The Thorvaldsens Museum Archives

Thorvaldsen's Watches

The celebrated Danish sculptor Bertel Thorvaldsen (1770-1844) had three watches ‒ these are now in the Thorvaldsen Museum in Copenhagen.

From a horological point of view, the most interesting is a self-winding gold watch (Th.M. N192, Fig. 1, 2 and 3), unfortunately unsigned. The reverse side of the case bears the inscription: A. Thorvaldsen. It therefore apparently came into the sculptor’s possession during his sojourn in Rome (1797-1838), when instead of the Danish Christian name Bertel, he adopted the Italian form Alberto. The smooth simple case is stamped with the initials DFM, presumably those of the casemaker, as well as the Neuchâtel hallmark, an 18 carat mark, and the number: 598C. On the back of the white enamel dial with Arabic numbers are scratched the initials HF, and the figure 5. A faint stamp: FB is visible on the actual fore plate of the movement, in all likelihood the signature of the watchmaker, or the firm that provided the ébauche.

The self-winding mechanism is based on the so-called pedometer principle: a sickle-shaped metal weight of about 30 g. is fixed to a lever that is attached in its fulcrum to the back plate of the movement. When the watch rests with 12 o’clock uppermost, as it would normally in a waistcoat pocket, a spring with a recoil corresponding to the metal weight keeps the lever in balance, so that the slightest movement of the watch (for example when its bearer walks) sets the weight bobbing up and down in relation to the lever’s fulcrum. This movement is transferred to the mainspring by means of a click mechanism and gear. A fifteen minute walk daily is enough to keep the watch wound for thirty hours. On the mainspring barrel is a stopwork with a bevelled edge which, when the spring is fully wound, presses up a flat steel spring (on the back plate of the movement) from the plate enabling it to hit the lever, thus stopping its movement and preventing the mainspring from breaking. The stopspring returns to its position against the back plate after the watch has gone awhile, enabling the selfwinding mechanism to resume its function.

The watch has a cylinder escapement. Contrary to custom, the brass balance is placed on the fore plate just under the dial.

The movement is presumably of Swiss origin, and so is the case with the Neuchâtel stamp. The structure of the movement, however, closely approximates examples of Cabrier’s workmanship, as well as one of Breguet’s earliest self-winding watches from the period after 1775 (cf. the major reference book on self-winding watches: Chapuis and Jaquet, The History of the Self-winding Watch, London, 1956, p. 180ff. and p.75ff.).

Nothing is known as to how or when the watch came into Thorvaldsen’s possession. It was made in about 1800, and all evidence indicates “modern” methods of fabrication were adopted; i.e. the anonymous watchmaker assembled and finished the watch from parts provided by subsuppliers. For example, the entire movement appears to have been supplied as an ébauche by the watchmaker with the signature FB.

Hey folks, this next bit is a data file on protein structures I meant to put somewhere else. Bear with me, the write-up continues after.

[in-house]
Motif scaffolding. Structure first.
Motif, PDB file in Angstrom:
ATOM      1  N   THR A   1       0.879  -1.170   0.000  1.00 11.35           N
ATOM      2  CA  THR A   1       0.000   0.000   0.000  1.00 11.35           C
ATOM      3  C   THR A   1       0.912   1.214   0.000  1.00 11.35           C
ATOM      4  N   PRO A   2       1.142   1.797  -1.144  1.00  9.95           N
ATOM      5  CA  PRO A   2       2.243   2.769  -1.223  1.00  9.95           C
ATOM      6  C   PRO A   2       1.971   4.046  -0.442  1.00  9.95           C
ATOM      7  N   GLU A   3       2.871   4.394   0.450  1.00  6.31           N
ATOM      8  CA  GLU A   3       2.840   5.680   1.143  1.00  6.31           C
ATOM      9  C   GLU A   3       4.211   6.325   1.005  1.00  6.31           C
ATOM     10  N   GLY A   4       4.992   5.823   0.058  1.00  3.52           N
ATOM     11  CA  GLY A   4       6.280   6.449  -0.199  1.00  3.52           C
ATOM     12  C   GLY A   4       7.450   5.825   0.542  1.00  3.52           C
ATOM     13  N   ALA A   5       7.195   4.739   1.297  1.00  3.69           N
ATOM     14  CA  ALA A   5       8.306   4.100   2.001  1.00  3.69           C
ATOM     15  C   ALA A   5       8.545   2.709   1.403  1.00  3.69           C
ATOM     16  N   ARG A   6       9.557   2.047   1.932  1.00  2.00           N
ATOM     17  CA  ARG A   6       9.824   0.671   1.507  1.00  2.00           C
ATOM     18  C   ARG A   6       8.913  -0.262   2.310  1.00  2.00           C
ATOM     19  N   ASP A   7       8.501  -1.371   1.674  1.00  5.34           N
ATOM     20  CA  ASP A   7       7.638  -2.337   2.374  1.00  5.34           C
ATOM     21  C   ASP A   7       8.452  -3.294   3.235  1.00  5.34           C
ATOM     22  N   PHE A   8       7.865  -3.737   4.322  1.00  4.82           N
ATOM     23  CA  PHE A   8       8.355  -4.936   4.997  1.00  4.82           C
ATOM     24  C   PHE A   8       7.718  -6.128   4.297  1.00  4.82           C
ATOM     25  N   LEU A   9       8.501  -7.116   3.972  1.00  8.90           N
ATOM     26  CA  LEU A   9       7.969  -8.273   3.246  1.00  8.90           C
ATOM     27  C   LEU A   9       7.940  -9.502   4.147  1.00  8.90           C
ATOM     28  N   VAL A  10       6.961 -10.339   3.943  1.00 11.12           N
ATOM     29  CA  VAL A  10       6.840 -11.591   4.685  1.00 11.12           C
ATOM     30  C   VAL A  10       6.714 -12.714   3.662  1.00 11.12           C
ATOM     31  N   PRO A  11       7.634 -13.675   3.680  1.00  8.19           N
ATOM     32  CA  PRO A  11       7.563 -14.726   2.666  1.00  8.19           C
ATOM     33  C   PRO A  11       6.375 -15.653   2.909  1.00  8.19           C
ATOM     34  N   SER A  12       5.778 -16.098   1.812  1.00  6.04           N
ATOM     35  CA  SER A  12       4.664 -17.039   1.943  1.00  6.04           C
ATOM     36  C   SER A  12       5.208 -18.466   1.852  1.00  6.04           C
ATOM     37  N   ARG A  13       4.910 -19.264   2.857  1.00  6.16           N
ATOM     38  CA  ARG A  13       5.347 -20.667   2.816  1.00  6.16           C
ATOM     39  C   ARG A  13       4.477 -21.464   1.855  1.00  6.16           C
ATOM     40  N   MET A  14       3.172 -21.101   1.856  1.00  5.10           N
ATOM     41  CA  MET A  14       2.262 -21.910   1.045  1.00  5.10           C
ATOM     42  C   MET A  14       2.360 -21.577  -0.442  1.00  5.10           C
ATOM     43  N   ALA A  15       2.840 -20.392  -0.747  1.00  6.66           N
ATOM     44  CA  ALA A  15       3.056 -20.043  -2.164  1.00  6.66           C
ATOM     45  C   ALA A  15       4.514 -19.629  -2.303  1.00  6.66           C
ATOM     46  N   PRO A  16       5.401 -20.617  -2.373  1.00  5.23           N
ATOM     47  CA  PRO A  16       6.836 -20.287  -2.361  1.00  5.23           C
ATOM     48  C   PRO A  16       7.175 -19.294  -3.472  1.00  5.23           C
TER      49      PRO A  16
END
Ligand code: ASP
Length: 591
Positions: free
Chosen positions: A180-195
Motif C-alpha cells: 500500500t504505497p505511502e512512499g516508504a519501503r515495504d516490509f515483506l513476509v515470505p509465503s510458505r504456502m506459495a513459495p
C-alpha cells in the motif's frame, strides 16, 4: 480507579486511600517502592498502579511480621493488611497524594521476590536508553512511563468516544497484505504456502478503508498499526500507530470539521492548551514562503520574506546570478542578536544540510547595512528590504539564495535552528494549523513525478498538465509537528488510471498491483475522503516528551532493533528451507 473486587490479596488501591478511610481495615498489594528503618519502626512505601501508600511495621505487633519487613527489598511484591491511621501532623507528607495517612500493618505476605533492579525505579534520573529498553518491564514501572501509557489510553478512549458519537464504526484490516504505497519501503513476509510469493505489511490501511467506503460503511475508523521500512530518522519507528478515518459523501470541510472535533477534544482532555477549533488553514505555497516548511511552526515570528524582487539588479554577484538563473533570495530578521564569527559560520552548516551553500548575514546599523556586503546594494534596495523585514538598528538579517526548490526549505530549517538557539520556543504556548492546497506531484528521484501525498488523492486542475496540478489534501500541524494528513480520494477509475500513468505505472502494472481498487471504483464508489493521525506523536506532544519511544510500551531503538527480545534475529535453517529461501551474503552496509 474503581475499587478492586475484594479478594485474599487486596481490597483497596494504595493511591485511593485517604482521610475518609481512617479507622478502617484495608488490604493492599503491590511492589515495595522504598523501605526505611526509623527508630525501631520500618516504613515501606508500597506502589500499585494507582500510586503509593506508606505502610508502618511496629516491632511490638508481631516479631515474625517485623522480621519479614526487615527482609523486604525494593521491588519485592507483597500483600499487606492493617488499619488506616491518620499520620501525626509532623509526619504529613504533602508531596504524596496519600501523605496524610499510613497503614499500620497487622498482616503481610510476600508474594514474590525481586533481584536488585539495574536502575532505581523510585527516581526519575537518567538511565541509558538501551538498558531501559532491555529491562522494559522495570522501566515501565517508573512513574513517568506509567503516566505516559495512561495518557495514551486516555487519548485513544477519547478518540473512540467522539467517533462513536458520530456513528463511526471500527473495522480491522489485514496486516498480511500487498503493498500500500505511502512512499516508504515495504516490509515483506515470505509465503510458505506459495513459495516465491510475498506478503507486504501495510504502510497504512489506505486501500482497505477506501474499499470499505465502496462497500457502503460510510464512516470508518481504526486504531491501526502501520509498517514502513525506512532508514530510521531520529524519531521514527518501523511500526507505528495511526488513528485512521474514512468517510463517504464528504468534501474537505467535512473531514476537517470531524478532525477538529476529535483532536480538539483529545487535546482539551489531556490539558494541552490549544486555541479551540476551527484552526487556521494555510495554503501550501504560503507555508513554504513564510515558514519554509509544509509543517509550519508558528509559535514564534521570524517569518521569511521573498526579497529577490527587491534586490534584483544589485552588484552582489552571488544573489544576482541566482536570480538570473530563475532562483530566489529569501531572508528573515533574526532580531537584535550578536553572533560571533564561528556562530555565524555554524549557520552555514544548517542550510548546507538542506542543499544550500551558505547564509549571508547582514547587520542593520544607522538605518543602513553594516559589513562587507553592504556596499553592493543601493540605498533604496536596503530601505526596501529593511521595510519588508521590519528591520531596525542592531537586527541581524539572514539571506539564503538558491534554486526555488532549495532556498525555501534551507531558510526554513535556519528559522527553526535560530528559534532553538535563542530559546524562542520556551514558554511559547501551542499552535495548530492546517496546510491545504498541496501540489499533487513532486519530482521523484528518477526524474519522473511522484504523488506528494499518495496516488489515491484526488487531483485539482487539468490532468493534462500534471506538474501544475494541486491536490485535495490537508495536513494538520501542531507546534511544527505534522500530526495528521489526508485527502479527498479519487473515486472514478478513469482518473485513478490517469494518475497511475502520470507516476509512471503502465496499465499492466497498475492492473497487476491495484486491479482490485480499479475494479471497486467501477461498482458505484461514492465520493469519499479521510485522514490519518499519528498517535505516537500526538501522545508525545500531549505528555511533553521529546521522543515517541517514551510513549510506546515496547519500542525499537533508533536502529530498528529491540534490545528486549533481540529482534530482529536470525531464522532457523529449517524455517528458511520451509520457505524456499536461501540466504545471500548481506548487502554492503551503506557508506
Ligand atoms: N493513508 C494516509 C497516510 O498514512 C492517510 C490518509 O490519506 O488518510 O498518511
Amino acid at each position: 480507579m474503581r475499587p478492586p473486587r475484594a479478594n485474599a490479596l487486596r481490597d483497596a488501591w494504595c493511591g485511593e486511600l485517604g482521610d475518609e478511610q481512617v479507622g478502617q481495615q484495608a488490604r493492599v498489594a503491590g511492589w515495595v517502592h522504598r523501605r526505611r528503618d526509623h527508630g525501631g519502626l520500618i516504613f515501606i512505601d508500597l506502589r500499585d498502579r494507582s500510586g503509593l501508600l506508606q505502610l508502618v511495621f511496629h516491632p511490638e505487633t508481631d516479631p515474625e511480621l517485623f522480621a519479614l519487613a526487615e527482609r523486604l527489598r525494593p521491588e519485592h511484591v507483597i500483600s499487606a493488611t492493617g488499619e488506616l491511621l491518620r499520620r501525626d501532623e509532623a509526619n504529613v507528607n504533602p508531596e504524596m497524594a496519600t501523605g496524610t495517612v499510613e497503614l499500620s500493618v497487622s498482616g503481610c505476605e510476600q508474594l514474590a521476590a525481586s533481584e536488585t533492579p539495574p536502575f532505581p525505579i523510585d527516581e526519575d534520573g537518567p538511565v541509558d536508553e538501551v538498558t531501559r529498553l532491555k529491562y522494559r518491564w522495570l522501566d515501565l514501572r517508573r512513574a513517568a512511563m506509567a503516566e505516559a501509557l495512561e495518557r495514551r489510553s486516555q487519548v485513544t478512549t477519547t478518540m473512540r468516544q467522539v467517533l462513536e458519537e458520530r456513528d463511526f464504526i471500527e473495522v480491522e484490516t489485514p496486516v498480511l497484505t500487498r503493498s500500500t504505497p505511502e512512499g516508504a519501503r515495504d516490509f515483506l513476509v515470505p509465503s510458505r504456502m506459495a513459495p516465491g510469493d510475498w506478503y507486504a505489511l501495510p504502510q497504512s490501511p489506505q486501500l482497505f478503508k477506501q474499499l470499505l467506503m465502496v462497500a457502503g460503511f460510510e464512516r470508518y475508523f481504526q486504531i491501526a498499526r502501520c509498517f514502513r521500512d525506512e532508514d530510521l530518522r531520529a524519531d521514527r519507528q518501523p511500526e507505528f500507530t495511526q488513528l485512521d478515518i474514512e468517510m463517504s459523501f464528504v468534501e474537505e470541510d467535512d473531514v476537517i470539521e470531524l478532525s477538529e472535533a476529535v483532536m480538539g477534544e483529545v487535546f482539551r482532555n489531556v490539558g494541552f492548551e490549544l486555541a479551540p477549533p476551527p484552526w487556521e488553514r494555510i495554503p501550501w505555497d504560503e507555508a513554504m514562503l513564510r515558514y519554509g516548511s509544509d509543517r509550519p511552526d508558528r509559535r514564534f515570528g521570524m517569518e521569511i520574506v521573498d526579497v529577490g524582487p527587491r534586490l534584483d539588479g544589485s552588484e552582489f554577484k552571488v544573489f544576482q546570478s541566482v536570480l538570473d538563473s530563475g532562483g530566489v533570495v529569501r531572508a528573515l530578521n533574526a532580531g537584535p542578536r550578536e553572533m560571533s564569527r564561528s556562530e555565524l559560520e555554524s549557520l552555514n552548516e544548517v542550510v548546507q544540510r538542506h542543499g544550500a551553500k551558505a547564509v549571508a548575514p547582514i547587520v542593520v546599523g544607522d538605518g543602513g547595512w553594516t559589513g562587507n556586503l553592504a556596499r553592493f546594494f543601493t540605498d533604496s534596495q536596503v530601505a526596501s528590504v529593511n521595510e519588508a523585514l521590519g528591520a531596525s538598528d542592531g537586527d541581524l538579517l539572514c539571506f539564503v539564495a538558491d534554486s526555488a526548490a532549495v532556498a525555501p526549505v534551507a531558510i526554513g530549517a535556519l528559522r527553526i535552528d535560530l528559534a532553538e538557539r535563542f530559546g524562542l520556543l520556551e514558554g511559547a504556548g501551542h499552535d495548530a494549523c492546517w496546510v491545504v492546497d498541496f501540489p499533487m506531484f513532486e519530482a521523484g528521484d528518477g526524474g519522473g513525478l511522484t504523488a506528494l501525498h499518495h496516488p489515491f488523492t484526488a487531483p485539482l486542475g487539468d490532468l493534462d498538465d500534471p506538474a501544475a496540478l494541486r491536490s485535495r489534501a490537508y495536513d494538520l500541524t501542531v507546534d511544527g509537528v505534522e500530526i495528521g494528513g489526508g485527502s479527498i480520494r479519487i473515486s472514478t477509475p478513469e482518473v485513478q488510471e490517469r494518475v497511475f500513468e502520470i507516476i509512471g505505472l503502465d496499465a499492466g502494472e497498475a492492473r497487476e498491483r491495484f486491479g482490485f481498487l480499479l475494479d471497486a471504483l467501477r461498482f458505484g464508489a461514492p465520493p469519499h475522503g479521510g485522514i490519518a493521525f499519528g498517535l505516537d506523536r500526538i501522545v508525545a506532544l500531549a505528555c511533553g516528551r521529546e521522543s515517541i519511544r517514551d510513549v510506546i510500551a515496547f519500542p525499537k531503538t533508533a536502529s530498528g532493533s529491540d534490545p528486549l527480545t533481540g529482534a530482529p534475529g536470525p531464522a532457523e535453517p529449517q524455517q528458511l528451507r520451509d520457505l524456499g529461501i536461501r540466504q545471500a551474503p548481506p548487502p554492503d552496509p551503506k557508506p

Thorvaldsen’s repeating watch (Th.M. N43, Fig. 4, 5 and 6) is in a gold case with a grooved edge and guilloché back, the inside of which bears the stamp: AH 6179 KIB and 4541. The first series of letters and digits is undoubtedly the case manufacturer’s signature and production number. The final number is repeated on the works. On the back of the cover is the inscription: Dubois & Fréres, N 24541, and on the hinge of the cover the number 41. The signature is repeated faintly on the white enamel dial with Arabic figures just under the figure 6.

It has proved impossible to identify the signature more accurately. On the fore plate of the movement is a stamp: IAPY, and this can be identified with certainty. Frederic Japy (1749-1813) was the first watchmaker in Switzerland to specialise in the production of ébauches made with machine tools designed by himself. The movement is therefore made by Japy and adjusted and finished in Dubois & Fréres’ establishment, as well as provided with a case, dial and glass from other suppliers.

The watch has a verge escapement. The repeater mechanism is set in motion by pressure on the pendant, it strikes the last full hour and the number of quarters that have since past. The strokes hit the round Breguet striking springs. The repeater has a “surprise” under the quarter- snail and “tout-ou-rien”. The winding of the striking work is effected by means of a chain over a pulley. This type of repeater work was widespread on the Continent at the beginning of the 19th century. How or when Thorvaldsen acquired the watch is not known, but is it on record that he frequently used it.

The simplest of the three watches is a verge watch (Th.M. N162, Fig. 7) in a smooth silver case signed “De Roche” on the back plate of the movement; this signature has not been identified more closely. The watch is of good quality and a usual Swiss type from the end of the 18th century. The dial is not covered by glass.

Of particular interest, however, is the inscription on the back of the case: “B. Thorvaldsen 29 August 1796”. This date marks the last day to be spent by the great sculptor in Copenhagen, before sailing on the 30th August to Italy where international recognition awaited him. It is not known whether he acquired the watch himself, or whether it was given him by one of his wellwishers before his departure. But we do know that he was deeply attached to it, and that he treasured it as though it were a talisman.

Works referred to

N192_2 N43 N162

Last updated 11.05.2017